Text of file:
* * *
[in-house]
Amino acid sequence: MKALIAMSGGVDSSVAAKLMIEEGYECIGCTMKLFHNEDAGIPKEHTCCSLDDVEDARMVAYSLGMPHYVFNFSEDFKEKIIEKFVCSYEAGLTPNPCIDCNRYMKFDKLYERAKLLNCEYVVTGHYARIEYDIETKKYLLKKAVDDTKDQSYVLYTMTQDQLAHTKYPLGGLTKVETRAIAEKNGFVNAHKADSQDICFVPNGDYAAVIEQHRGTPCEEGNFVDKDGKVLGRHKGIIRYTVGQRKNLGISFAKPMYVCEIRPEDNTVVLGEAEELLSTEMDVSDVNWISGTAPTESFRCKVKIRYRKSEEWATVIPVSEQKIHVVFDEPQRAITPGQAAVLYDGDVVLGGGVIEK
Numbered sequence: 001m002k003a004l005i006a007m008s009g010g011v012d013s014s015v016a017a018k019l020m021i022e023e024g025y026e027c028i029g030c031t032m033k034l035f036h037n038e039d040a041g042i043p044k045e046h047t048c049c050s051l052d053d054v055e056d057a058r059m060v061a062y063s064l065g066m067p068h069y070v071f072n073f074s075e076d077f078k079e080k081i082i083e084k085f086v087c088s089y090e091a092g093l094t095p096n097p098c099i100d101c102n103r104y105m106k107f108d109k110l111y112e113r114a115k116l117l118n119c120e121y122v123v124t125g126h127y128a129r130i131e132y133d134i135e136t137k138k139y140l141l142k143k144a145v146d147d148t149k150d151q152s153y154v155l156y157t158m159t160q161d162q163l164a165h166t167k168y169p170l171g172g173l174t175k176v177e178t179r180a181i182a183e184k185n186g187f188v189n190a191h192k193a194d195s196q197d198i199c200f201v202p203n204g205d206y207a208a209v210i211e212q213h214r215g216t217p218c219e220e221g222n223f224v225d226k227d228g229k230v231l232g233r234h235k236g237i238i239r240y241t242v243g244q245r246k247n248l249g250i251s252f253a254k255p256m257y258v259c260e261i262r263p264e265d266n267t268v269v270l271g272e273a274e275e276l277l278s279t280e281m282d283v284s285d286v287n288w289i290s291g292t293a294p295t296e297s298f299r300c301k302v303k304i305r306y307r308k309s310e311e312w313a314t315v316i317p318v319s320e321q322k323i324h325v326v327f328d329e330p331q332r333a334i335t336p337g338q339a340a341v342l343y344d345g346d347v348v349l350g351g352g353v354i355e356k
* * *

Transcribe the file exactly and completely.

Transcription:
[in-house]
Amino acid sequence: MKALIAMSGGVDSSVAAKLMIEEGYECIGCTMKLFHNEDAGIPKEHTCCSLDDVEDARMVAYSLGMPHYVFNFSEDFKEKIIEKFVCSYEAGLTPNPCIDCNRYMKFDKLYERAKLLNCEYVVTGHYARIEYDIETKKYLLKKAVDDTKDQSYVLYTMTQDQLAHTKYPLGGLTKVETRAIAEKNGFVNAHKADSQDICFVPNGDYAAVIEQHRGTPCEEGNFVDKDGKVLGRHKGIIRYTVGQRKNLGISFAKPMYVCEIRPEDNTVVLGEAEELLSTEMDVSDVNWISGTAPTESFRCKVKIRYRKSEEWATVIPVSEQKIHVVFDEPQRAITPGQAAVLYDGDVVLGGGVIEK
Numbered sequence: 001m002k003a004l005i006a007m008s009g010g011v012d013s014s015v016a017a018k019l020m021i022e023e024g025y026e027c028i029g030c031t032m033k034l035f036h037n038e039d040a041g042i043p044k045e046h047t048c049c050s051l052d053d054v055e056d057a058r059m060v061a062y063s064l065g066m067p068h069y070v071f072n073f074s075e076d077f078k079e080k081i082i083e084k085f086v087c088s089y090e091a092g093l094t095p096n097p098c099i100d101c102n103r104y105m106k107f108d109k110l111y112e113r114a115k116l117l118n119c120e121y122v123v124t125g126h127y128a129r130i131e132y133d134i135e136t137k138k139y140l141l142k143k144a145v146d147d148t149k150d151q152s153y154v155l156y157t158m159t160q161d162q163l164a165h166t167k168y169p170l171g172g173l174t175k176v177e178t179r180a181i182a183e184k185n186g187f188v189n190a191h192k193a194d195s196q197d198i199c200f201v202p203n204g205d206y207a208a209v210i211e212q213h214r215g216t217p218c219e220e221g222n223f224v225d226k227d228g229k230v231l232g233r234h235k236g237i238i239r240y241t242v243g244q245r246k247n248l249g250i251s252f253a254k255p256m257y258v259c260e261i262r263p264e265d266n267t268v269v270l271g272e273a274e275e276l277l278s279t280e281m282d283v284s285d286v287n288w289i290s291g292t293a294p295t296e297s298f299r300c301k302v303k304i305r306y307r308k309s310e311e312w313a314t315v316i317p318v319s320e321q322k323i324h325v326v327f328d329e330p331q332r333a334i335t336p337g338q339a340a341v342l343y344d345g346d347v348v349l350g351g352g353v354i355e356k